Brazil shuts deadly mudslide mine

Brazilian authorities have halted operations at an iron ore mine following a deadly mudslide, the latest blow to co-owners BHP Billiton and Vale.

At least four people are dead and about 20 are missing after a deluge of mud and mining sludge burst through retaining walls at the Samarco mine on Thursday and buried most of the nearby village of Bento Rodrigues.

The mine, a joint venture between Australia's BHP Billiton and Brazil's Vale, can only resume operations once the investigation is finished and the damage repaired," an environment office spokeswoman said.

State officials gave the order to close the mine on Friday.

"Samarco is only authorised to carry out emergency actions aimed at minimising the impact of the collapse and preventing new damages," the environment office said.

Shares in BHP Billiton, the world's largest mining firm, fell five per cent Monday in London to a new seven-year low.

Shares in Vale racked up heavy losses on Friday and were down one per cent Monday in Sao Paulo.

Despite its focus on safety, BHP recorded five work-related deaths in the year to June 30, which chief executive Andrew Mackenzie has described as "disappointing."

BHP said it recorded no fatalities in financial year 2014, and had an injury frequency performance of 4.2 injuries per million hours worked.

Deustche Bank analysts warned the disaster could shut down Samarco for a decade, with cleanup costs of more than $US1 billion ($A1.42 billion).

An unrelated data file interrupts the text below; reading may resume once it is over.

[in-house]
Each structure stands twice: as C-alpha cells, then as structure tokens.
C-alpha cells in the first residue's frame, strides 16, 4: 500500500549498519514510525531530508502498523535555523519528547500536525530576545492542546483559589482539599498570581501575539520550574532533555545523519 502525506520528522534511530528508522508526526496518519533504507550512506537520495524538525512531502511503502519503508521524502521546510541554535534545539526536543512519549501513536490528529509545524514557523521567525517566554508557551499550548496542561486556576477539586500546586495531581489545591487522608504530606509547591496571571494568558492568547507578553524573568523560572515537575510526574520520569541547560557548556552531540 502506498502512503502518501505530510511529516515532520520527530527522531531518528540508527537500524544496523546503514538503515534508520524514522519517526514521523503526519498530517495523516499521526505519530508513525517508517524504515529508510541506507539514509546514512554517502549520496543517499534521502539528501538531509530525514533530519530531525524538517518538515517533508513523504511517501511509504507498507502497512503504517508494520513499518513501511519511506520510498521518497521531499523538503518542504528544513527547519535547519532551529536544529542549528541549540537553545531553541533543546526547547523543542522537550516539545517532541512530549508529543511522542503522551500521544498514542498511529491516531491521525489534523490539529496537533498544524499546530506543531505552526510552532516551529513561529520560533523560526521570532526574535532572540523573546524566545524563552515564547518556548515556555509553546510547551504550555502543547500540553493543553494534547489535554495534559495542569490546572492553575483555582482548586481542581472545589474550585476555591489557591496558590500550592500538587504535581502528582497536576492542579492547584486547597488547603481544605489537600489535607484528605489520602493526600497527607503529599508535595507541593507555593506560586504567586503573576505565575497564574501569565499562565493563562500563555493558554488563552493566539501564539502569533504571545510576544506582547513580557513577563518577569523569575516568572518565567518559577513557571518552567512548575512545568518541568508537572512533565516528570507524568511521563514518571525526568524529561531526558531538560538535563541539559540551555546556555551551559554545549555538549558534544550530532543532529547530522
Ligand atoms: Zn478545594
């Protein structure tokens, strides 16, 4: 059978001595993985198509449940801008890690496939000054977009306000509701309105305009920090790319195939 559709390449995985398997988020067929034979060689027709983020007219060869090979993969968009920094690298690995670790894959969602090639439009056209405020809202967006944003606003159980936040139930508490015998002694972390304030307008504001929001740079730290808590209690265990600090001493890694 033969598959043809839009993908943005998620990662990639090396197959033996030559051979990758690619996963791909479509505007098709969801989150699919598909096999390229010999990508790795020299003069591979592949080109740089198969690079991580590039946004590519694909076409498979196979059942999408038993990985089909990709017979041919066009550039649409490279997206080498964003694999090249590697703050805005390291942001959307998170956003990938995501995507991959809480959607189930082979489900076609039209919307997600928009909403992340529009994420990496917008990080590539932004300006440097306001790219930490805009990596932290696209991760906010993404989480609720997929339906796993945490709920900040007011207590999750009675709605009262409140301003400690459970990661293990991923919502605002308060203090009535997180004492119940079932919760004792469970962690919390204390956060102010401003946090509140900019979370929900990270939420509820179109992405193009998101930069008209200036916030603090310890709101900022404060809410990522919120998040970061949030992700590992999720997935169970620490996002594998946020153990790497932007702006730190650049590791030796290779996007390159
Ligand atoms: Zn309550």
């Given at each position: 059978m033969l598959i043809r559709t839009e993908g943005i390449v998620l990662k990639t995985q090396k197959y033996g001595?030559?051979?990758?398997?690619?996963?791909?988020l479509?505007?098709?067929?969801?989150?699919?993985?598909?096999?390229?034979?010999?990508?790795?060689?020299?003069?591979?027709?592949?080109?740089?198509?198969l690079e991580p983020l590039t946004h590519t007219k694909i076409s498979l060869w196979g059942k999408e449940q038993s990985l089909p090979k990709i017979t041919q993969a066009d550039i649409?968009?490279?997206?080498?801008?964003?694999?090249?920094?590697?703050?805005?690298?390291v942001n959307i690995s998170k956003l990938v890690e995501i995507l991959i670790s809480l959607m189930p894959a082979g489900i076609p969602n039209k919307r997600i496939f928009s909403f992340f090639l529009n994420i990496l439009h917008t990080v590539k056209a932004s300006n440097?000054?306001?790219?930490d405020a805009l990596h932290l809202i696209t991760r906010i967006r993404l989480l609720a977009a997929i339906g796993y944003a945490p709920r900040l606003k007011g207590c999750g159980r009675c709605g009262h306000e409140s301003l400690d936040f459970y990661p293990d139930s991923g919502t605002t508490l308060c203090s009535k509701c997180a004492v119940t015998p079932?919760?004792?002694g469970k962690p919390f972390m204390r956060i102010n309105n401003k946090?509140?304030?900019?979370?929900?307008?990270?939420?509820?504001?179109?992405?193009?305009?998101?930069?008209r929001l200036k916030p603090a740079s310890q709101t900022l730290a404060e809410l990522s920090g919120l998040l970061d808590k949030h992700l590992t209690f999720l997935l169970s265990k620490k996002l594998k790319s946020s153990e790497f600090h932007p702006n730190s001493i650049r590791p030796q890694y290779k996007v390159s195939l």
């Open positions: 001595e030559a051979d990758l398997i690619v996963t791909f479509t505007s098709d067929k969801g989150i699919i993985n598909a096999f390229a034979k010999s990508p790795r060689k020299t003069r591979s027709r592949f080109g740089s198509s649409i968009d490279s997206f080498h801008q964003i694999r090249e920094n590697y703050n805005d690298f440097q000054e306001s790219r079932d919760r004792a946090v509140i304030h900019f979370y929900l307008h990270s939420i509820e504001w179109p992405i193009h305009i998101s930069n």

"Words cannot describe the impact of this tragedy on the employees and contractors of Samarco, their families and the community," said BHP chairman Jac Nasser.

Mackenzie announced he would fly to Brazil this week "to understand first-hand the human, environmental and operational impacts".

It plans to hire external investigators.

The mine did not have sirens to warn residents.

Authorities say they have identified two bodies pulled from the sludge and are still working to identify two others. Rescue workers warn the death toll is likely to rise.

More than 600 people have been left homeless.

A small group of survivors protested on Monday against Samarco in Mariana, the nearby town where the evacuees from Bento Rodrigues have been taken.

Brazilian media reports said the nearly 60 million cubic metres of ochre sludge could contaminate the water supplies of more than half a million people.

Our goal is to create a safe and engaging place for users to connect over interests and passions. In order to improve our community experience, we are temporarily suspending article commenting